Utilizing the assistance of NGOs in the monitoring activities, is another way of developing institutional capacity, and also a means for involving members of the public in environmental management. This has worked particularly well in Nevis, and also in St. Lucia.  

Involving personnel from environmental projects in environmental monitoring is another way of maximizing institutional capacity and also integrating activities. This was achieved in Dominica when communities taking part in the ENCORE project (see Section 4.1.4) were involved in beach monitoring activities. While unfortunately their involvement did not continue once the ENCORE project finished, those persons residing in the communities who were involved in monitoring now have the benefit of increased knowledge about the changes taking place on their community’s beaches and how to deal with those problems. 

Similarly, involving schools in the monitoring activities is another way of spreading information about beach changes and beach management to students, their parents and communities.  The students learn about science, and its applications to their island environments.  This has been illustrated successfully in Carriacou, in Grenada’s Grenadine Islands, where students have been monitoring the island’s beaches for more than three years.  A similar programme has recently started in Bequia, in St. Vincent and the Grenadines.  

These different ways to maximize institutional capacity and to involve other groups require considerable effort and time from the main island counterpart agency.  Often, it takes more time to coordinate and train another group than to do the actual monitoring.  Thus commitment to the overall goals of integrated coastal management are crucial.  Furthermore, in order for such efforts to work, the monitoring protocols, particularly for data collection and analysis, must be standardized and simple.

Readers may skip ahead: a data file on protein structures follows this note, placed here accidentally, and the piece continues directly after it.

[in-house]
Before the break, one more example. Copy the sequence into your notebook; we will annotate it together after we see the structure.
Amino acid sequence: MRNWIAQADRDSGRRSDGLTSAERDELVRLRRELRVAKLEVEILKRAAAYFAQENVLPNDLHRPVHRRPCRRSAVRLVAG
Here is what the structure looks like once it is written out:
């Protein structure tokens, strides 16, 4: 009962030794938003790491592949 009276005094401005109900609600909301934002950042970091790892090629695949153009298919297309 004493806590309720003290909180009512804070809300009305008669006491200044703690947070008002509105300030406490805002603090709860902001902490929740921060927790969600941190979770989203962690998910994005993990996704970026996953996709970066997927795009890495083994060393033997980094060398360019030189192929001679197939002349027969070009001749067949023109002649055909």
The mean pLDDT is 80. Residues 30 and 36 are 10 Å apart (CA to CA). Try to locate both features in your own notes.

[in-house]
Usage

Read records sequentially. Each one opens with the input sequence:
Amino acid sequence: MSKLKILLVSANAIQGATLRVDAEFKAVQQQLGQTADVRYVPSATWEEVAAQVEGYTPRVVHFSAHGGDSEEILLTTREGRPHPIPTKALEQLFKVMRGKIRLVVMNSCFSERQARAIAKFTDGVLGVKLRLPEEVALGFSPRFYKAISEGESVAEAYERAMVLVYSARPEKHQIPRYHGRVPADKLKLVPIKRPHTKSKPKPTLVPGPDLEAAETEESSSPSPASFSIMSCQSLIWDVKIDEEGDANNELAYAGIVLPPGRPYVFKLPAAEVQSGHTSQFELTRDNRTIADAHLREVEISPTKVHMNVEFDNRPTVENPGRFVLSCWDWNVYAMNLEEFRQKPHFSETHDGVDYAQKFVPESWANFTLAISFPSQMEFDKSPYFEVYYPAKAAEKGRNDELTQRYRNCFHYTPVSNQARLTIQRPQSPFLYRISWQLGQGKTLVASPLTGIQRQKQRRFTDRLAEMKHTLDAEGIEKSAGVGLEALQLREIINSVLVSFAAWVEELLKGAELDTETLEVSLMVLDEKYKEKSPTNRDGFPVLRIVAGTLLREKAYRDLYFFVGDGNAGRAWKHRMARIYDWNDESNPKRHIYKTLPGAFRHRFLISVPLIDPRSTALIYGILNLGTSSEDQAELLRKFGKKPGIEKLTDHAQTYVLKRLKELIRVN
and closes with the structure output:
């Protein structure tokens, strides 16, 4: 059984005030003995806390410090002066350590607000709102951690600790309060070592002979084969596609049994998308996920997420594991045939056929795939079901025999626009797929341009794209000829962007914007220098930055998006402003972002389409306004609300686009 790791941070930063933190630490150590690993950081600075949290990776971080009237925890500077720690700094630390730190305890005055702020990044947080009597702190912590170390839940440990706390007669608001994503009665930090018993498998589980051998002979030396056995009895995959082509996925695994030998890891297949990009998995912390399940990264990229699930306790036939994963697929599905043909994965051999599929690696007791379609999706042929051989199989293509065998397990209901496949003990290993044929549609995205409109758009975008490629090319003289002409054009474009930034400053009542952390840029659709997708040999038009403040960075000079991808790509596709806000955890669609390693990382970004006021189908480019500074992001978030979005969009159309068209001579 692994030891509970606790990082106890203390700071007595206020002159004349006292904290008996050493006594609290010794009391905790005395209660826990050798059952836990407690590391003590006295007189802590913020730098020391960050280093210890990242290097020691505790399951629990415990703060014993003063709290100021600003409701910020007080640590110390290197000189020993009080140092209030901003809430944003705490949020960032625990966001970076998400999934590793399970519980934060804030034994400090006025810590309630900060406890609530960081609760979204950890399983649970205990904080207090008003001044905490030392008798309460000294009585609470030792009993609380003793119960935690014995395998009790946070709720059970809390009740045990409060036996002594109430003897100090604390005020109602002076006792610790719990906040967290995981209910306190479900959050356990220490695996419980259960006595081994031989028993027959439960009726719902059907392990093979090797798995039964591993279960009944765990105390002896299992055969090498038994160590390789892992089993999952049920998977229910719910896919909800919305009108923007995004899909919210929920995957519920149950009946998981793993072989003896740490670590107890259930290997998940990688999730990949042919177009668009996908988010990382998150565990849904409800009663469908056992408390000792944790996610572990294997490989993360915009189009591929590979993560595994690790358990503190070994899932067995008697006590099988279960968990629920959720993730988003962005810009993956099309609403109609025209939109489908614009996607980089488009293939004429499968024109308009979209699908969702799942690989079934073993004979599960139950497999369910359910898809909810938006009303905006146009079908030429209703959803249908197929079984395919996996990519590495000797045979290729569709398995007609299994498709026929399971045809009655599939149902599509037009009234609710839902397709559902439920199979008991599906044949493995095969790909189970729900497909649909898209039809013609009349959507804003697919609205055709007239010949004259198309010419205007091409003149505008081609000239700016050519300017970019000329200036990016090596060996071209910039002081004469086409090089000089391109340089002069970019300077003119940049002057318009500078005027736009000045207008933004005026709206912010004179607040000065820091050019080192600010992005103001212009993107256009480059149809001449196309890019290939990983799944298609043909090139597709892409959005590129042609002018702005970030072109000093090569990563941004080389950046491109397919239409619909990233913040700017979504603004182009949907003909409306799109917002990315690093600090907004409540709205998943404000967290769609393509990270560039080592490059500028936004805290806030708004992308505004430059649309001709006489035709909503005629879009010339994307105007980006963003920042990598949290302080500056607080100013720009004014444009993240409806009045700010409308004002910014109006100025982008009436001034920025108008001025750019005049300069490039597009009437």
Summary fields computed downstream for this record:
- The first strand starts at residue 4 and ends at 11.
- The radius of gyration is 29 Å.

However, it is one matter to strengthen institutional capacity at the technical and professional levels, and yet another matter to actually use that enhanced institutional capacity.  All too often island governments prefer to call in outside experts, rather than to consult and listen to the opinion and advice of their own professionals.  This is a significant problem that needs addressing through projects such as this one and is further discussed under the topic ‘Top-down and bottom-up approaches.’  Unless island governments listen to, and heed the advice of their own support staff and professionals,  efforts at enhancing persons at this level will have gone to waste, and valuable staff members will become part of an overseas ‘brain-drain.’